“I came to teaching after having had a career in music, so for me, teaching is very fresh,” said the singer and songwriter. “At this point in my life I have a lot of ideas about music and songwriting but I don’t really have the urge to be a singer-songwriter anymore.”
Roche, who has toured with Paul Simon and others, learned a few new things herself for her recent gig a SJSA, she added.
“When I took the job at the St. John School of the Arts I immersed myself in the music that 12 year olds are listening to,” she said. “I found there are lots of really great songs full of energy among the modern repertoire kids are listening to,” said Roche. “I sort of took a course in it before I came down to teach the class. So, in a sense, I was a student too, just maybe an older one who was there to lead the way.”
Looking back upon her intensive week with the St. John students, Roche hoped more than anything that the kids had fun.
“I hope the students had fun,” she said. “If I can connect up with my true nature I’m happy. That’s what music is for. I hated music class when I was in middle school. It was boring. That’s because I didn’t connect up with my true nature in those classes. I wasn’t interested in what a whole note was.
“I became very interested in that sort of thing later in life, but an introductory music class has to be fun first,” said Roche. “Each of the three classes I taught on St. John had distinctly different personalities. The first class wrote a beautiful song about the rain. One of the guys in the class has a real talent for rap and he improvised a remarkable, heartfelt rap on the spot for their song.”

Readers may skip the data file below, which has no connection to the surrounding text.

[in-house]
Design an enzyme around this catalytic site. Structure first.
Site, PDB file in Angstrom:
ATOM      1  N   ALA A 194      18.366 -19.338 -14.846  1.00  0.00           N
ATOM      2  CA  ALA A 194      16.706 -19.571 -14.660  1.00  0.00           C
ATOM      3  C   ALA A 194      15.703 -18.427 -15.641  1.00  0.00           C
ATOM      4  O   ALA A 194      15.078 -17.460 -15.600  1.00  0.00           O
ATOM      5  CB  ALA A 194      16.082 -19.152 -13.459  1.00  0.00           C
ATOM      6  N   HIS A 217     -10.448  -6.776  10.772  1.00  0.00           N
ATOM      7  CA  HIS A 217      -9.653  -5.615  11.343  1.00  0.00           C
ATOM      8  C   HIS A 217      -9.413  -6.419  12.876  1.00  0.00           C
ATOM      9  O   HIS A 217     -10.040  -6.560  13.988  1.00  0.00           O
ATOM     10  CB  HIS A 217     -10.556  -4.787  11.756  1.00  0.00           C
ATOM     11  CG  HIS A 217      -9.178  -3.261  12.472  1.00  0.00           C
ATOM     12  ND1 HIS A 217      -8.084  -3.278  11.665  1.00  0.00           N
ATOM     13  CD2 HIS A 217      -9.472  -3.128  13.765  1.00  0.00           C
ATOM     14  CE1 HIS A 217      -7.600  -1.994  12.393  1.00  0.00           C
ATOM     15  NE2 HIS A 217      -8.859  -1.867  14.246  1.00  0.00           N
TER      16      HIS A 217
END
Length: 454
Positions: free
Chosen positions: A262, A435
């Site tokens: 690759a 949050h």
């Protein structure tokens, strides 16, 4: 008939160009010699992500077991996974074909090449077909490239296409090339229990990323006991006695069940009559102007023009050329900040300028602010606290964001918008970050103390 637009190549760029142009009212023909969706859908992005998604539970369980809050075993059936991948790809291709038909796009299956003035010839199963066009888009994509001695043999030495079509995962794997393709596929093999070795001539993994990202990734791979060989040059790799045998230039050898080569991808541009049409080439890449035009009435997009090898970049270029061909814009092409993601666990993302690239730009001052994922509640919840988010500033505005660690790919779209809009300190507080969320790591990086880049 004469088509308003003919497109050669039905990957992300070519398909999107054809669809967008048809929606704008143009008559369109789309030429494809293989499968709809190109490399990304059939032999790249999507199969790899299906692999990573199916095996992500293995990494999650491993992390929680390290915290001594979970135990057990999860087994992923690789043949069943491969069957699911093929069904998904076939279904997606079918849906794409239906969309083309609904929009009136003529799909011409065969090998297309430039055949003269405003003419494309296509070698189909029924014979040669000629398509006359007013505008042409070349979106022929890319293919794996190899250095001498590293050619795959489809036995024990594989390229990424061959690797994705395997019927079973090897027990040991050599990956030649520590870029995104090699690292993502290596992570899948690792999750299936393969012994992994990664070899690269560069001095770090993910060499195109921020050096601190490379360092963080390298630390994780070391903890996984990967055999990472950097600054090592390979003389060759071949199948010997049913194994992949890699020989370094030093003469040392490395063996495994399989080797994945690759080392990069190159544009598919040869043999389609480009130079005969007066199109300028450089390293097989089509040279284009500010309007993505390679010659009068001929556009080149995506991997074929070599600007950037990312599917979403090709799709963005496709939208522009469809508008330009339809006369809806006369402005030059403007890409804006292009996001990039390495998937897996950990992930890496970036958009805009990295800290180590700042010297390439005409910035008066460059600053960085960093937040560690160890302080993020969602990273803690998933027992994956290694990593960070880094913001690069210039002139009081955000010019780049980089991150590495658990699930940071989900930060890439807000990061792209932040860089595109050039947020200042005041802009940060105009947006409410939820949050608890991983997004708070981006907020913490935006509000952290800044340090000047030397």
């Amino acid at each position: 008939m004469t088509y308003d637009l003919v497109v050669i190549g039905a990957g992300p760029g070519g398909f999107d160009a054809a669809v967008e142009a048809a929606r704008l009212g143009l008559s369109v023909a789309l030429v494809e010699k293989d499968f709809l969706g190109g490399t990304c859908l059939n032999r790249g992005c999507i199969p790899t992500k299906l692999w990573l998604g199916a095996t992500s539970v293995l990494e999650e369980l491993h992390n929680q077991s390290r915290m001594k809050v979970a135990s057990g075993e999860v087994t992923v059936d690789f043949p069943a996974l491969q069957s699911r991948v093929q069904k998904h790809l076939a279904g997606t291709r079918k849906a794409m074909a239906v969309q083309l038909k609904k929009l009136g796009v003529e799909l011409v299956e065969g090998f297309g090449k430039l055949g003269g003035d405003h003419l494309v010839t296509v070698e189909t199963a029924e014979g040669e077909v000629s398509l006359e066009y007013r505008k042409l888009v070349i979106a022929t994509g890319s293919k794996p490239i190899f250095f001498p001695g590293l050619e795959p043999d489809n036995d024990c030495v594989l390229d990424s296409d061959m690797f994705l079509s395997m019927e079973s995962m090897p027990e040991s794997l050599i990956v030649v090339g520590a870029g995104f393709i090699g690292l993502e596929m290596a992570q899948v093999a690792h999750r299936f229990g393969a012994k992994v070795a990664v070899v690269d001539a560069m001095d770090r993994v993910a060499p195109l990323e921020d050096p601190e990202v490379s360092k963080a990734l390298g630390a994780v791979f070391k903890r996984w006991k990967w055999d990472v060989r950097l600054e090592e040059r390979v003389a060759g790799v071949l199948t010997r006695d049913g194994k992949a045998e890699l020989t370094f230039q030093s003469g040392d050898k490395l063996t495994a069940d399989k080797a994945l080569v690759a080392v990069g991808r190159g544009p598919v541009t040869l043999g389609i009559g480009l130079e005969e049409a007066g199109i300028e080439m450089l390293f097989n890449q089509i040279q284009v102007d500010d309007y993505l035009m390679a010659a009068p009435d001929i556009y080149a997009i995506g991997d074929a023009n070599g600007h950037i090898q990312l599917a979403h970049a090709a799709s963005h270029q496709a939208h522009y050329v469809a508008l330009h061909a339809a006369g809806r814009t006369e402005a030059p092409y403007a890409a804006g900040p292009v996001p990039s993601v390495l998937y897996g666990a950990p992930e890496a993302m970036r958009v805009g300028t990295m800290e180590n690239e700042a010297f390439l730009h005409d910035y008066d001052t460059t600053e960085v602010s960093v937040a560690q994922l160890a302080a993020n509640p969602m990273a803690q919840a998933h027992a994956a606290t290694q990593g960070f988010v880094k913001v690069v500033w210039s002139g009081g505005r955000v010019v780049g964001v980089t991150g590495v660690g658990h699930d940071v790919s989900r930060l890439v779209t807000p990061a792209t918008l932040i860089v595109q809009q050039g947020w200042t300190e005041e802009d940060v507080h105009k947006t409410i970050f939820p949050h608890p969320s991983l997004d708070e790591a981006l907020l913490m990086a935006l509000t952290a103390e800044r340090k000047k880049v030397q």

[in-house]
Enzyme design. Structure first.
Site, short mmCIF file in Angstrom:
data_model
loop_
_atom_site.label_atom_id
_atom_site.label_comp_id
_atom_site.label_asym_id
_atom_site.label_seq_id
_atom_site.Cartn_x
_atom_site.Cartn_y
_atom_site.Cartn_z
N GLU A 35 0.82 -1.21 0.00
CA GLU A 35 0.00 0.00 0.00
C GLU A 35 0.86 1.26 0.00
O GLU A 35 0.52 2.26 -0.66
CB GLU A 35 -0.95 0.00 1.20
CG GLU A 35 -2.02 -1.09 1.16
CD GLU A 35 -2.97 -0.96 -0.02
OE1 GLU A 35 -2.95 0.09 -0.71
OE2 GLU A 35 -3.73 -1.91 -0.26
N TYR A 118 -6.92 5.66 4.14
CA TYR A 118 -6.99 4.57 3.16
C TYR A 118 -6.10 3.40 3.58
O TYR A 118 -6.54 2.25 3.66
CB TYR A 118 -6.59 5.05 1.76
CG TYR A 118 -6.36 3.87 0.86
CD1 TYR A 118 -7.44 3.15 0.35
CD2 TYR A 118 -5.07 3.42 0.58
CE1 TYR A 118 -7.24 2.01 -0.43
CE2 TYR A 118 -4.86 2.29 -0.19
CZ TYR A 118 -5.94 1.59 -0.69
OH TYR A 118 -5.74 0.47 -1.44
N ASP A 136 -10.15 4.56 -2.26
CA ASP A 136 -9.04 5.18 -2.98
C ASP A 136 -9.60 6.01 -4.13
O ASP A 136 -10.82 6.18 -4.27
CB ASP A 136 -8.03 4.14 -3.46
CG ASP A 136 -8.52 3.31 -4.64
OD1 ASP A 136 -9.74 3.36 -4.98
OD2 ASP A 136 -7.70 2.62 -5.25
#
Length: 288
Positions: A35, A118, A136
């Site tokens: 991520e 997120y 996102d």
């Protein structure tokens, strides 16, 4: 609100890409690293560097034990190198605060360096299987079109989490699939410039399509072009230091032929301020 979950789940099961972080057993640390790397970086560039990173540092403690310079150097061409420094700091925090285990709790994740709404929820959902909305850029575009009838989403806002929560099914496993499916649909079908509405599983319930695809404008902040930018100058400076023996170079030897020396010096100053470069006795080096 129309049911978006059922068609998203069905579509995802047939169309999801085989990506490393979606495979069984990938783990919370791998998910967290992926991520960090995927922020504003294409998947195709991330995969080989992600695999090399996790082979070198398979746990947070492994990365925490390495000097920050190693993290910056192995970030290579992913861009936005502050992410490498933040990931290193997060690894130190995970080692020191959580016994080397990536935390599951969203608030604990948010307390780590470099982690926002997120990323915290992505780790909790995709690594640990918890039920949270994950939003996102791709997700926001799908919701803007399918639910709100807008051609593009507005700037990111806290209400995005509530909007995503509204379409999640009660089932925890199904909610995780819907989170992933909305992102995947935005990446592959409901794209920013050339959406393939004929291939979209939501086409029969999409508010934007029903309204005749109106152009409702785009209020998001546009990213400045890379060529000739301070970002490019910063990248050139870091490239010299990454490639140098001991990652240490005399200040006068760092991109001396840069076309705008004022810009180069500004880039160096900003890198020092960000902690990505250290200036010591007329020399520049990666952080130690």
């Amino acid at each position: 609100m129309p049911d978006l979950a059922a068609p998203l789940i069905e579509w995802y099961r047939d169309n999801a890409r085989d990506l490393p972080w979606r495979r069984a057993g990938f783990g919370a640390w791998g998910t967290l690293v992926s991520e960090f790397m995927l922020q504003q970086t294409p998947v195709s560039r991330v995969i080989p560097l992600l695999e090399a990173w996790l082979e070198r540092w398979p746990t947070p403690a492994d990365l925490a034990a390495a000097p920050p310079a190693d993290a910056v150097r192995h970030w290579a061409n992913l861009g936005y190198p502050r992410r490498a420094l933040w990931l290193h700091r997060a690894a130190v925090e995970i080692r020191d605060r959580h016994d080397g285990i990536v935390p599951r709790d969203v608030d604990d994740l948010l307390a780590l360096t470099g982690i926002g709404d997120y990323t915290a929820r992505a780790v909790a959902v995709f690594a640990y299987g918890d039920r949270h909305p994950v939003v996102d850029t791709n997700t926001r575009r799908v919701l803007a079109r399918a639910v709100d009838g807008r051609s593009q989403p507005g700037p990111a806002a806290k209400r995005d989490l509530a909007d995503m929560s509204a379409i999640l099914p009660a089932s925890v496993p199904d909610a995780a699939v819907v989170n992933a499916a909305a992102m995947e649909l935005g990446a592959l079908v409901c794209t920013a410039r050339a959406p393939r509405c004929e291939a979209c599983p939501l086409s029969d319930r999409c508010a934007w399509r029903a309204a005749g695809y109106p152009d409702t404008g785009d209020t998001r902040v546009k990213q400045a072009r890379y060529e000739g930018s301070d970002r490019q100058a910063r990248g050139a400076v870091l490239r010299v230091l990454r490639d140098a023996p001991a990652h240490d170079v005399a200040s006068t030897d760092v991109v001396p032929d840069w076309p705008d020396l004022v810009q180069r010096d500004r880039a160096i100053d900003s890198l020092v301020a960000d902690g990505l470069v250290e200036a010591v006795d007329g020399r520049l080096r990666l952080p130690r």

“The next class wrote a song about the wind called ‘El Viento Viejo,’” Roche said. “It had a chorus which was sung as a round. One of the girls wrote a really funny verse about a guy getting his weave blown off in the wind. The third class wrote a song about food. They were a remarkable ensemble in that they couldn’t stop singing songs. The trick with them was to get them to stay with an idea and not just sing halves of songs. At one point they all spontaneously erupted in the Tire Kingdom commercial. It sounded great so I suggested we put it into their song, which we did.”
For Roche, the true beauty in life, whether on St. John or in the middle of New York City, is all about finding your own voice which is definitely set to music.
“Coming home from St. John yesterday, I had this experience: I took a cab from the airport and the driver, who was from Bangladesh told me he loved to sing in his cab, but that no one except his wife liked his singing,” she said. “I asked him if he’d sing something for me and he did. He had that great Indian type of singing with the curlycue notes. I thought he sounded beautiful. Can you imagine a man who loves to sing in his cab not singing because other people don’t like it? That’s criminal!”
“I say, the more different sounding voices, the better,” she said. “If I hear one more person who’s trying to sound like somebody else, I’m going to jump out the window.”
As for her time at SJSA, Roche now counts herself among the art school’s many fans supporters
“All in all, I loved the experience of teaching songwriting at the St. John School of the Arts,” said Roche. “What a cool institution it is, with a very talented faculty. The work they’re doing providing arts education on St. John is very important. Music and art has been taken out of school systems all around the country. It’s a real shame and a slap in the face to the generations coming up. I’m honored to be part of the effort to reverse that decision.”
For more information about St. John School of the Arts, check out www.stjohnschoolofthearts.org.
Written by: Jaime Elliott